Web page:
"It's hard economic times. It's a small market," Hull added. "It's not like we're the New York Rangers who have a TV deal that helps everything. We need to dig in our heels and get to work and show the community that we're a class group. I think anybody in the community and the business community sees a team that is classy and is doing the right things not only on the ice but off the ice in the community that they'll jump on board and be a part of it as well."

Hull, who is part of two Stanley Cup winners in Dallas (1999) and Detroit (2002), won't turn down the offers if he were to be asked anything on the hockey operations side, though.

"I can't say I'm not going to help if Doug asks me a question," Hull said. "I'm not going to say, 'I can't help you.' I think that's where I can help out and I think it's where the organization and in the smaller market like St. Louis, that's where we really need to bolster the franchise. I think I can be a big help that way.

"It's going to be a big learning curve for me, but I think working with Bruce and Eric (Stisser) in the front office and obviously Tom in the front office, we can put together a great group that can push this team to a high level."

In Hull's 11 seasons with the Blues (1988-98), he recorded 527 goals, 67 playoff goals, 117 playoff points, 27 regular season hat tricks and played in 102 playoff games, which are all franchise records. He's second all-time in club history in regular season points (936), regular season assists (409) and playoff assists (50).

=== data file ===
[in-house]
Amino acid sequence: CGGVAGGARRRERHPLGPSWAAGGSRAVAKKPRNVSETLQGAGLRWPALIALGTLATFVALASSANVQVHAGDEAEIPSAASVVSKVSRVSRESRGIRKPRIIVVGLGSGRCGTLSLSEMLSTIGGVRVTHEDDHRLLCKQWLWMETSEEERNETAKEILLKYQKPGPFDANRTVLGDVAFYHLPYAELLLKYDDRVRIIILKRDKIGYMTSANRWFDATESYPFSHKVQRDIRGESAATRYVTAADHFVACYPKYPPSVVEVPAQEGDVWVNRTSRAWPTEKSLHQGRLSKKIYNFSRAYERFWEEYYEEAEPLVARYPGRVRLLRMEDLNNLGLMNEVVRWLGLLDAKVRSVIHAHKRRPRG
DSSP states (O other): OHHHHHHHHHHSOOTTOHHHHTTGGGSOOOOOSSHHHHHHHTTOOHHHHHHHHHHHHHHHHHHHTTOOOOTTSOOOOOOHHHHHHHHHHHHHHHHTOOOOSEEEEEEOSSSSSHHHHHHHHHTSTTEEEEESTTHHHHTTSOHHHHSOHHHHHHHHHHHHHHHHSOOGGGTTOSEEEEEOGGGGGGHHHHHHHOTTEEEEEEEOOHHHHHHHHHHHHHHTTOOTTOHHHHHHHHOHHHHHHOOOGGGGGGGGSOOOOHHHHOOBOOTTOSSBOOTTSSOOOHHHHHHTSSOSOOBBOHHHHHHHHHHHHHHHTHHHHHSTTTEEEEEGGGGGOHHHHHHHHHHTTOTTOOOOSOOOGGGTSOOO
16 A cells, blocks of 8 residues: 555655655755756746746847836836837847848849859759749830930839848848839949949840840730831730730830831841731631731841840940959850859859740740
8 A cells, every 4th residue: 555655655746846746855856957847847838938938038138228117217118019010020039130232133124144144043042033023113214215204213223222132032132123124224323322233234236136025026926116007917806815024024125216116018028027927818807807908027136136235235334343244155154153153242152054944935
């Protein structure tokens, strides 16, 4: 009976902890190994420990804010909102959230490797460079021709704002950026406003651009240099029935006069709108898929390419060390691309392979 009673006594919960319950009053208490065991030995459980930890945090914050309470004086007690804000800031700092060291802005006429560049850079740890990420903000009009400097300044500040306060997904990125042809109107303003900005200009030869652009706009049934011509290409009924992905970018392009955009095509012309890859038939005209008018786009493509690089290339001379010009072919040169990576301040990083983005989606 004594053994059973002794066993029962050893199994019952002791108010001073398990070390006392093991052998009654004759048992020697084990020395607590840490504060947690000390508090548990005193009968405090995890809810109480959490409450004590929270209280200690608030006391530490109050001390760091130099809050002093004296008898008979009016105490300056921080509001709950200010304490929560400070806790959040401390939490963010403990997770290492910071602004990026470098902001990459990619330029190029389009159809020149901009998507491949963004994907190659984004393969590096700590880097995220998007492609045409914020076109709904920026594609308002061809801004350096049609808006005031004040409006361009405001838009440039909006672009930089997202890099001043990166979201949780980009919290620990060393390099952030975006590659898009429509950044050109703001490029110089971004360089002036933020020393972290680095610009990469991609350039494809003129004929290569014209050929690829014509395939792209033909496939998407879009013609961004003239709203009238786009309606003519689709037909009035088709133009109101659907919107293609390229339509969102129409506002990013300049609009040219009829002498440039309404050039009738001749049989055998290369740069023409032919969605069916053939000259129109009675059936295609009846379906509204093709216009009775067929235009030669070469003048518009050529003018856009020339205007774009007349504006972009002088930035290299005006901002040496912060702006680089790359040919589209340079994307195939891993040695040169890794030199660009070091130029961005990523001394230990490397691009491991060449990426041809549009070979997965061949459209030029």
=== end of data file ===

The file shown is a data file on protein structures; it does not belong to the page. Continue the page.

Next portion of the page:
Blues executive vice president Brett Hull addresses the audience
after being named to the Blues' front office Monday night.
Stillman is banking on using Hull's past and present stature to enhance the team's product in the community.

"When Brett Hull is in town, there is a buzz," Stillman said. "People are excited. There is something special about his effect on St. Louis."

Hull's tenure in St. Louis ended when the Blues chose not to resign him following the 1998 season. He went onto sign a free agent contract with the Stars -- coached by current Blues coach Ken Hitchcock -- and scored the Stanley Cup-clinching goal against Dominik Hasek and the Buffalo Sabres. Hull then signed on with the Red Wings, winning a second Stanley Cup. But he said Monday that although he could never win one as a player with the Blues, winning one in an executive role would be just as sweet.

"Absolutely. It'll feel wonderful," Hull said. "Not even for me. I know what it's going to feel like for me, but can you imagine how wonderful it'll feel for these fans of St. Louis who have been so loyal to the organization for so long?

"It's been 15 years. A lot of the relationships that I've had have never really left. There's been a little bit of distance between us, but it's a city that I grew to love when I played here, the fan base, the organization I've always loved. When Tom got the team last year, I was very excited because we talked about his passion and where he wanted to lead this team. That's the way I thought it should be and should have been done ever since I've been a part of it. It's nice to have an owner who has that idea."